Gov. Rick Perry, in emails that surfaced this week, said he suspected University of Texas President Bill Powers of spreading misinformation to win political support.
“Seems there is a contrived effort to stir up the LG,” Perry wrote in one email, referring to Lt. Gov. David Dewhurst. He added, “My bet is Powers, et al are deep into misinformation!!!”
The governor sent that email to Regents Wallace Hall Jr., Brenda Pejovich and Gene Powell on Feb. 18, the same day that Dewhurst defended Powers in an emotional speech in the Senate.
The emails, obtained through an open-records request by the Texas Coalition for Excellence in Higher Education, shed new light on the governor’s efforts to encourage some of his appointees to the UT System Board of Regents to press for reforms at the Austin flagship. In one email, he said overcoming “the status quo crowd” could take the campus “to heights never before attained.”
The emails, first reported by the Houston Chronicle, emerged just before the regents meet Wednesday and Thursday in Austin. Their agenda includes a closed-door performance review of presidents of the UT System’s 15 academic and health campuses, as well as election of new officers. Powers is away on a family vacation, according to a spokesman.
The UT president has had a strained relationship with some of his bosses for more than two years. One of his sharpest critics, Hall, is under investigation by a Texas House panel for possible impeachment.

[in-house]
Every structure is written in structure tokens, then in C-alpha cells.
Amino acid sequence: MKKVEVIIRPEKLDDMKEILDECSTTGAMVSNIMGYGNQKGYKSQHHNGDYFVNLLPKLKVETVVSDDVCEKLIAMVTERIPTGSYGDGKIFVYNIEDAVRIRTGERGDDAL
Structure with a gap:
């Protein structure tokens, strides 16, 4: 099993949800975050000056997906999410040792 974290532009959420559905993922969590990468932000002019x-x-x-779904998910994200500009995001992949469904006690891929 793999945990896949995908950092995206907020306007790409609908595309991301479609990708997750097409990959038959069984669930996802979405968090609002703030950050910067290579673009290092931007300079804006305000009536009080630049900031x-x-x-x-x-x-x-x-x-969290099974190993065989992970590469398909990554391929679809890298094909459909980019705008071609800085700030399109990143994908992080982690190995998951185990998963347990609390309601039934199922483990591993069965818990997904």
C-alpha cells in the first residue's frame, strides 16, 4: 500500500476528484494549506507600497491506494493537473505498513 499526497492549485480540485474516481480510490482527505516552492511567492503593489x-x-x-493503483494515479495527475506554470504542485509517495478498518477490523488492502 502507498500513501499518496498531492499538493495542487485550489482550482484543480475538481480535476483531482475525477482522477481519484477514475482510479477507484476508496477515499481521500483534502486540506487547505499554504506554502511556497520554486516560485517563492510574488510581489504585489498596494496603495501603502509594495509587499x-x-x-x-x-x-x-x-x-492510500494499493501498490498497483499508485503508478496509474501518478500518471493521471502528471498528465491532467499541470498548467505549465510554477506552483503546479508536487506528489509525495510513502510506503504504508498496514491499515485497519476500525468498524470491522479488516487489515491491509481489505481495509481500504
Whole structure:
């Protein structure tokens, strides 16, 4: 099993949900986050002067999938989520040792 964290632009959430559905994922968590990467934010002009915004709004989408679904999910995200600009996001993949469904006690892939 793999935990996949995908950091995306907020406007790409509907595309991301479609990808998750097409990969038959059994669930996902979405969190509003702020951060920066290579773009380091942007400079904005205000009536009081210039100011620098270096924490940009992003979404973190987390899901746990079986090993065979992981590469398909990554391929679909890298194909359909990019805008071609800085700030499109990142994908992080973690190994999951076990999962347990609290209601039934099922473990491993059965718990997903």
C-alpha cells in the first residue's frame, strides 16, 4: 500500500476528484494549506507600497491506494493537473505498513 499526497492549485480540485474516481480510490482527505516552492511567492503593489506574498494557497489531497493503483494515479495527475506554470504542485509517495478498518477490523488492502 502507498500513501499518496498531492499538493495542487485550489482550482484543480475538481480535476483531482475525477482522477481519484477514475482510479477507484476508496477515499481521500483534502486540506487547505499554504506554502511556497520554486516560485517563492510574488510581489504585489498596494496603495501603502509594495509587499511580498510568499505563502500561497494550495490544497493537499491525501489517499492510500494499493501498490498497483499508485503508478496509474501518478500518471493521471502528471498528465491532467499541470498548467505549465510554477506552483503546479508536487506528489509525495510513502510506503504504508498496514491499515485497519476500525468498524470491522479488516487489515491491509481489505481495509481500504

The House Committee on Transparency in State Agency Operations has advised the regents not to fire Powers while it investigates Hall. Some lawmakers have faulted the regent for requesting massive amounts of open-records materials from the Austin campus and for not listing various business-related lawsuits in his application to be a regent, an omission he has since corrected.
In a letter to the panel on Tuesday, a lawyer for Hall said the regent hid nothing in his application and deserves the right to question witnesses. The lawyer, Allan Van Fleet, said Hall had initially offered to provide more litigation detail to the governor’s appointments division but was not asked to do so. In any event, Hall disclosed a key case involving a bankruptcy filing and resulting litigation, the lawyer said.
Van Fleet suggested that the transparency panel exercise subpoena powers to learn which legislators used their positions to influence admissions decisions at UT-Austin. He wrote that he was disappointed to read news articles in which the panel’s co-chair, Rep. Carol Alvarado, D-Houston, said Hall might not be allowed to call or question witnesses. Alvarado could not be reached for comment.
Gary Susswein, a UT-Austin spokesman, said the campus had no comment on the governor’s emails.
In a previously disclosed email, Perry told Regents Alex Cranberg, Paul Foster, Pejovich and Hall that efforts to reform the university were akin to World War II’s Battle of the Bulge.